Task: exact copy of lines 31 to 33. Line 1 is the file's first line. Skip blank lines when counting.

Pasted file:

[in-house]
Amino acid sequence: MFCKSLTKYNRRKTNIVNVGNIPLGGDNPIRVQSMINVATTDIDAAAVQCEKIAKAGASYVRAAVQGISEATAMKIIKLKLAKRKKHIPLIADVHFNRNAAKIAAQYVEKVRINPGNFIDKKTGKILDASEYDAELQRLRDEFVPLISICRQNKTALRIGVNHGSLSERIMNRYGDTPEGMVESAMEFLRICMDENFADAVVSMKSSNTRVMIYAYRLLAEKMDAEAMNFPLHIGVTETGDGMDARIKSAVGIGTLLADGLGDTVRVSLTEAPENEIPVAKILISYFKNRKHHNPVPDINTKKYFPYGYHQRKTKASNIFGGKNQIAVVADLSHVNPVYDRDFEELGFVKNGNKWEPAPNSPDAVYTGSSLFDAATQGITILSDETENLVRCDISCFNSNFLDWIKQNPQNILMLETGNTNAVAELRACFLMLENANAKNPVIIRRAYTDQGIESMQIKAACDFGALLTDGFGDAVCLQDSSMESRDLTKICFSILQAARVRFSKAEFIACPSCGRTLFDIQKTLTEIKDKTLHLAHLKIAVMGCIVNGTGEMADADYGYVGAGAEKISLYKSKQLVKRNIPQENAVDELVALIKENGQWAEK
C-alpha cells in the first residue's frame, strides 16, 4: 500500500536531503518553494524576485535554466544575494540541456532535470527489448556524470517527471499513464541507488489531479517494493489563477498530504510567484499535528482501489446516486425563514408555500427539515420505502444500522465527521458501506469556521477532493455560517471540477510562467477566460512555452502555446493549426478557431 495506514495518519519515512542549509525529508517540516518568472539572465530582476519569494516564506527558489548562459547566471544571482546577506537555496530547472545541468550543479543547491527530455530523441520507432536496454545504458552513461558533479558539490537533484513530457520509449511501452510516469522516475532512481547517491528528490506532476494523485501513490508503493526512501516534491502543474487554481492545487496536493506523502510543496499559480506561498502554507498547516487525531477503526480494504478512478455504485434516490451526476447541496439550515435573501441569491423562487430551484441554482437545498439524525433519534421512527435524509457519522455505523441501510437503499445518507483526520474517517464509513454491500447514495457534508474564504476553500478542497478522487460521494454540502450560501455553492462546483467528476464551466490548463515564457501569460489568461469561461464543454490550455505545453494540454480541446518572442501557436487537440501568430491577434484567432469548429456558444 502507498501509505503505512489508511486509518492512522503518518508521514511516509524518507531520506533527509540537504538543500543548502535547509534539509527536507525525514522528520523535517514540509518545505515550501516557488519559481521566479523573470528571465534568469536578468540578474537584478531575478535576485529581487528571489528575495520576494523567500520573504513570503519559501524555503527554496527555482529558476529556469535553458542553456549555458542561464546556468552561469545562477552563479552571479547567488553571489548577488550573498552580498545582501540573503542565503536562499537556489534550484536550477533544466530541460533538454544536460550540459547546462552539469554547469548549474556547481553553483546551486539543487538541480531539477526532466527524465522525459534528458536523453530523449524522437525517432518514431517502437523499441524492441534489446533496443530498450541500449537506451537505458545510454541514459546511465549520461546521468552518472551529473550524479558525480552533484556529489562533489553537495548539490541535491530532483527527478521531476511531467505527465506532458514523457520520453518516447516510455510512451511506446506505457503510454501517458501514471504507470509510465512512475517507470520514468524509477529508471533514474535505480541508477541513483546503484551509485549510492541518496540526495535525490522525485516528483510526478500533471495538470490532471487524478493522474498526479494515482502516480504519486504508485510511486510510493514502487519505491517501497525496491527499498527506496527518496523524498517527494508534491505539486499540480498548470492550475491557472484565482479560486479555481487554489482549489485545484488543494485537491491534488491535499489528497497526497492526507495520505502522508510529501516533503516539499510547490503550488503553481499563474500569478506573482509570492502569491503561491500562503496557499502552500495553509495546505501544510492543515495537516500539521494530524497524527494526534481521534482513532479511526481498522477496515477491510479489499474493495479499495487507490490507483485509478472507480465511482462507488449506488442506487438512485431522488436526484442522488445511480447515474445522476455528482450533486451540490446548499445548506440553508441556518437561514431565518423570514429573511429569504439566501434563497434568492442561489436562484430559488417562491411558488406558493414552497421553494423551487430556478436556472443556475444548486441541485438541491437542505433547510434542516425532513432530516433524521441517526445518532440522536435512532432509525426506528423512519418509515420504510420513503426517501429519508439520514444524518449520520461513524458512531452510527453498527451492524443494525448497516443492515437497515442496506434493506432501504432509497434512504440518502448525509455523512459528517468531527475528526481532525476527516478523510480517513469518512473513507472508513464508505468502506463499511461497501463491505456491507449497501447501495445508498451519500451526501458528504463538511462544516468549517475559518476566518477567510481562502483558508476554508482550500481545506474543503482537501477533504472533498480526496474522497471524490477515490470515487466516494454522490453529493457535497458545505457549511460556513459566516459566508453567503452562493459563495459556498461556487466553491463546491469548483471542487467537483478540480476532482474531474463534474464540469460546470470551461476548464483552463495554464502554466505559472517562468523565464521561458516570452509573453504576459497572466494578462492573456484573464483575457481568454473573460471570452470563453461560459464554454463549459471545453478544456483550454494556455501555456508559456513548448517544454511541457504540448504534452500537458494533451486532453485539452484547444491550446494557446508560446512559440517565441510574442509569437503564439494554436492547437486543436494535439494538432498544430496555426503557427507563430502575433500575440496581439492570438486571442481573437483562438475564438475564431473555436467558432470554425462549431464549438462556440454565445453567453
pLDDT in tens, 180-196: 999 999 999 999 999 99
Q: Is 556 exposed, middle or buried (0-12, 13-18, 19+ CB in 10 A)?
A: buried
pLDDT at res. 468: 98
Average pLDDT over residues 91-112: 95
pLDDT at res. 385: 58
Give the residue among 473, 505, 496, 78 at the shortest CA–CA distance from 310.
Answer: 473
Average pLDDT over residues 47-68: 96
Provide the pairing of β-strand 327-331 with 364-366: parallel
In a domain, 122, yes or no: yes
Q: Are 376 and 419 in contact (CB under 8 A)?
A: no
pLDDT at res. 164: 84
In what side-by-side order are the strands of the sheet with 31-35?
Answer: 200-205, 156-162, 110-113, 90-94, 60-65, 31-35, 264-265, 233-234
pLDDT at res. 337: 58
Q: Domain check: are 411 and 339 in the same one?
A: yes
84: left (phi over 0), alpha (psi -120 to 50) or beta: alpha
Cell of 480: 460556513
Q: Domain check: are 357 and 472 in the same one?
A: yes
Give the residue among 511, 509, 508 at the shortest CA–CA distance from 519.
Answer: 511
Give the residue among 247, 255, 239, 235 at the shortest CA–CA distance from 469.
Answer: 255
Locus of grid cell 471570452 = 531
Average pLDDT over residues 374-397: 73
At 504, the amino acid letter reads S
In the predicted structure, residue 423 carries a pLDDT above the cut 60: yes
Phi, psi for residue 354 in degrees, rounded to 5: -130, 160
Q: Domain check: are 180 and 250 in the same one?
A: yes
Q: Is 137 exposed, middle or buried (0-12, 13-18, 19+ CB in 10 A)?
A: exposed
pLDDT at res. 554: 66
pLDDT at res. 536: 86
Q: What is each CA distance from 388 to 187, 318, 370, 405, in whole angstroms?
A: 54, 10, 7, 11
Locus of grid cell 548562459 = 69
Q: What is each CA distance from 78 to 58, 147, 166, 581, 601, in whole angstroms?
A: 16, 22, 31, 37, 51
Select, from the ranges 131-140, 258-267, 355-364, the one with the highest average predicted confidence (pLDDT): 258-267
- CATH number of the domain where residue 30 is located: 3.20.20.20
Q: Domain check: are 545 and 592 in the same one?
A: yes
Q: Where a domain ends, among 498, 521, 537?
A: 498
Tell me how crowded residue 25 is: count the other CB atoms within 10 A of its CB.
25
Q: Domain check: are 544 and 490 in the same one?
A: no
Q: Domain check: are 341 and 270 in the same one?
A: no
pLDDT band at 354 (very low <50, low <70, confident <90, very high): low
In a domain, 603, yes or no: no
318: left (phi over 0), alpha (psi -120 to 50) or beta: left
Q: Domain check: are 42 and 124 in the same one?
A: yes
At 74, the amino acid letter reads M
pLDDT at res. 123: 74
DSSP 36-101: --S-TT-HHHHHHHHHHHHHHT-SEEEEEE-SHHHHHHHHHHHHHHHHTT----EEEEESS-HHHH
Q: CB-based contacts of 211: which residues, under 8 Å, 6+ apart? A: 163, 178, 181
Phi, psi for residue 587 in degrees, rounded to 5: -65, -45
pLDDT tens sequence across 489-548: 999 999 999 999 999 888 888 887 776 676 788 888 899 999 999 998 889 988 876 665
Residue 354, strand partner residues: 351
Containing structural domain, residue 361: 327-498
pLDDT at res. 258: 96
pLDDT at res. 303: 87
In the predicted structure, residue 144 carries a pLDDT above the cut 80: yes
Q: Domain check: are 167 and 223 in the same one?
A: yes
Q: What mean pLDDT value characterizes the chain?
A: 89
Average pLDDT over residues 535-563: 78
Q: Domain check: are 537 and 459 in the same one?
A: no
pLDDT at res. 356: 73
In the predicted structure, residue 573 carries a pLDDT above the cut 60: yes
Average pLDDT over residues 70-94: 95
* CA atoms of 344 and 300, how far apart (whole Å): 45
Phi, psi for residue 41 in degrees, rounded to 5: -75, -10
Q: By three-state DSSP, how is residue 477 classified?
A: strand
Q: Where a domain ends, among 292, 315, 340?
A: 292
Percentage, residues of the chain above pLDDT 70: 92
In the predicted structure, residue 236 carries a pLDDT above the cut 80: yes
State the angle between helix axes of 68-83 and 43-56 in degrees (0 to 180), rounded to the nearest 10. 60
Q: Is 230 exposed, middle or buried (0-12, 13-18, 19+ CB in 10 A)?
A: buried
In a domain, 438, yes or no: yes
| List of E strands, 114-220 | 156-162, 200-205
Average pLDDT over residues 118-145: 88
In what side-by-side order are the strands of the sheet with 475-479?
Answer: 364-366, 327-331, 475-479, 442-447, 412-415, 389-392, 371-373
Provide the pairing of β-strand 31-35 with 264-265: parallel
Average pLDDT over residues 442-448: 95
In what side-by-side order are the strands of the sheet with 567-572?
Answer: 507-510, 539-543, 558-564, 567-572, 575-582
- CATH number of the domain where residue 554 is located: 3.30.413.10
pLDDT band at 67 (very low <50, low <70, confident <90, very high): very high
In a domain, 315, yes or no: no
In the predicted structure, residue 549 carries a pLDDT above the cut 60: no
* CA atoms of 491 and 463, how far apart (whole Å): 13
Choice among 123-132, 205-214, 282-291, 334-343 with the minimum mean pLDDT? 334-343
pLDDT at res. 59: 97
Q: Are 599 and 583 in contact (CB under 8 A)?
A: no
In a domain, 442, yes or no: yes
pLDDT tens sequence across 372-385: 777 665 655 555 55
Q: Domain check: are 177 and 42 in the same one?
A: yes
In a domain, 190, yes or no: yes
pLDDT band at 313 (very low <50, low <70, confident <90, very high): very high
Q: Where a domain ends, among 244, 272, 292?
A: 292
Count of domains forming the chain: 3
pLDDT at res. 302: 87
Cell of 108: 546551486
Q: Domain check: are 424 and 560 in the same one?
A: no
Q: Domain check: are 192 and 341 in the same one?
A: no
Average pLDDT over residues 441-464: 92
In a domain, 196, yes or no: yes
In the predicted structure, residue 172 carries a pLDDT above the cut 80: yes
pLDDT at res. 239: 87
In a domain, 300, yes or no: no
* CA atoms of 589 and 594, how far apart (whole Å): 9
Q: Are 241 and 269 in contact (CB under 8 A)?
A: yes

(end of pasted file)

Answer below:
Locus of grid cell 471570452 = 531
Average pLDDT over residues 374-397: 73
At 504, the amino acid letter reads S